Business Without Borders

Posted on Monday, February 18, 2019

There's no doubt about it: Business has gone international. New electronic and logistical technologies have narrowed distance and time, and trade agreements have opened markets. And manufacturers are in a good position to venture into the business of exporting.

Finding Help


There are several major sources of financial aid for exporters:

Small Business Administration Export and Import Products

Export-Import Bank


You don't have to venture into international trade on your own. Some sources of help:

American Association of Exporters and Importers

U.S. Chamber of Commerce/International Division

Small Business Exporters Association

U.S. Council for International Business

Federation of International Trade Associations

Fluctuating currency-exchange rates and other challenges can make going global a challenge, but there are many benefits to consider, including:

1. Boosting revenue. A larger market base and new demand from various niches can not only increase your sales, it can offer economies of scale, letting you get more from your resources.

2. Expanding profits. Earnings can rise quickly if you are able to cover fixed costs through your company's domestic operations.

3. Economic protection.Diversification can buffer the damage you might suffer during a domestic economic turn down.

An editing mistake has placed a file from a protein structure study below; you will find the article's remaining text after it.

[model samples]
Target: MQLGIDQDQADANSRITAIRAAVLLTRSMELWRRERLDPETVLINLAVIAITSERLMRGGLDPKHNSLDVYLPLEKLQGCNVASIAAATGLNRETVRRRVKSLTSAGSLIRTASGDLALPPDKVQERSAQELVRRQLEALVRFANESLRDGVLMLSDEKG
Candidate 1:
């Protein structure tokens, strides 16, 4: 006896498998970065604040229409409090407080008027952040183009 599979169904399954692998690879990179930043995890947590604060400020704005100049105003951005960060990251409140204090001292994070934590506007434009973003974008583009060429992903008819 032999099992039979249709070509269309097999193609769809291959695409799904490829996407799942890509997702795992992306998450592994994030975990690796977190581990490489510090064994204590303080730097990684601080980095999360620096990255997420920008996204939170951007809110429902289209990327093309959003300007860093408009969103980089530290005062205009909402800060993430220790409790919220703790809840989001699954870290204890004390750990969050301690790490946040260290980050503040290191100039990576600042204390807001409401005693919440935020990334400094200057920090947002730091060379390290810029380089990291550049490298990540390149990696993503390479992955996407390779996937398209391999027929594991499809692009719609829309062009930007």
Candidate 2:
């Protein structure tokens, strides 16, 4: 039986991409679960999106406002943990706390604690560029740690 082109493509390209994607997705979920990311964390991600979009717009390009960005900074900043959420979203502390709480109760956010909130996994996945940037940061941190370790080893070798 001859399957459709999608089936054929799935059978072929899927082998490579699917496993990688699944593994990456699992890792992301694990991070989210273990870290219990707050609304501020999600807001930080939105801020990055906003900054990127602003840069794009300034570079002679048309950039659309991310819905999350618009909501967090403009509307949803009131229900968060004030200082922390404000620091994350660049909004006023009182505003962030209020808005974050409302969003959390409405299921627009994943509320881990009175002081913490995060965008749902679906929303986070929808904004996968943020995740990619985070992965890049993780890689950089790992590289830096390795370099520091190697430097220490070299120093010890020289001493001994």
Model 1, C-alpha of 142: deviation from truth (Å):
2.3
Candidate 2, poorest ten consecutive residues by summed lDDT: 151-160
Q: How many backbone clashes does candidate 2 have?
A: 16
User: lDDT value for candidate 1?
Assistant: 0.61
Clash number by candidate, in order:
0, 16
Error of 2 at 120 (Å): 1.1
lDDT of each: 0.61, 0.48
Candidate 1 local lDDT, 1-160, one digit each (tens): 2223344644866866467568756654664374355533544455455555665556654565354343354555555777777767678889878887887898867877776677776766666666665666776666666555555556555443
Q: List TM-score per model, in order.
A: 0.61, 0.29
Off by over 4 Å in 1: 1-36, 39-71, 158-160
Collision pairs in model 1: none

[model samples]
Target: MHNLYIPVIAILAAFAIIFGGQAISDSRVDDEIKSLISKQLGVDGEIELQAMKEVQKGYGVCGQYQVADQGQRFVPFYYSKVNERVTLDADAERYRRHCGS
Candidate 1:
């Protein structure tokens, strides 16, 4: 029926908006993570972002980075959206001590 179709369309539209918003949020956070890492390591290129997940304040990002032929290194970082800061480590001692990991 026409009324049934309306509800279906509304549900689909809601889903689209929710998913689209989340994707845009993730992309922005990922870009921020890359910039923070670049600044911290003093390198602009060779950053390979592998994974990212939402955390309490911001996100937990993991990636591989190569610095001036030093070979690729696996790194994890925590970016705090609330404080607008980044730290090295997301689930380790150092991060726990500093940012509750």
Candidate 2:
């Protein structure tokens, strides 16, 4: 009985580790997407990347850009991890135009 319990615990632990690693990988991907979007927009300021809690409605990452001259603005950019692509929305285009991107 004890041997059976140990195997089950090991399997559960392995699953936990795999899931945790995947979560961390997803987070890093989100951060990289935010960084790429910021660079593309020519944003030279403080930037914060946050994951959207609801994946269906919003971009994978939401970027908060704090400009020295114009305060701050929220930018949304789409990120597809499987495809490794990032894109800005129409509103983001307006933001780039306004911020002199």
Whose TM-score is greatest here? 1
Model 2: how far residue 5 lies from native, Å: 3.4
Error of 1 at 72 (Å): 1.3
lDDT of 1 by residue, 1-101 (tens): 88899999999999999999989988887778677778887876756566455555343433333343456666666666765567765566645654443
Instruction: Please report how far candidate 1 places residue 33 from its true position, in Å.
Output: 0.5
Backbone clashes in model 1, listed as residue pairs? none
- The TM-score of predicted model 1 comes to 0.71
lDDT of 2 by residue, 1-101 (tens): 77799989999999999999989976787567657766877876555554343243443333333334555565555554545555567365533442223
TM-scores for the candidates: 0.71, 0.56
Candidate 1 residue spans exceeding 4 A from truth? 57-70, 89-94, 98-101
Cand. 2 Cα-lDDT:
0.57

4. Bolstered competitiveness.Global success can boost your company's competitive edge by giving you new ideas and marketing techniques to use in the U.S. It can also help when faced with foreign competition in the domestic market.

These multiple benefits aside, venturing into the global marketplace can test your abilities and resolve. Among the challenges you might face:

Increased outlays. As with any new venture, you will be spending on extra travel, new marketing and packaging materials and additional staff. Most of these outlays are in the short-term.

Stamina and patience. You and your staff will need to be committed to the project and willing to expend the time, effort and resources to establish yourself in the new market. You may have to wait months or even years before the investment starts to pay off significantly.

Competition. You can't just walk into a foreign market. It takes time and money to find the right target and become fluent in how it operates. And to remain competitive, you must be easily available to your clients and familiar with differences in language, culture and business practices. Otherwise, you run the risk of offending potential customers.

Bureaucratic headaches. Be prepared for piles of paper. All countries, including the U.S., require massive export documentation.

Still interested? After considering the pros and cons of an export venture, it's time to assess your resources and commitment. In a future article, we'll discuss the evaluation process.

Posted in Manufacturing/Distribution

Disclaimer: The information contained in Dulin, Ward & DeWald’s blog is provided for general educational purposes only and should not be construed as financial or legal advice on any subject matter. Before taking any action based on this information, we strongly encourage you to consult competent legal, accounting or other professional advice about your specific situation. Questions on blog posts may be submitted to your DWD representative.

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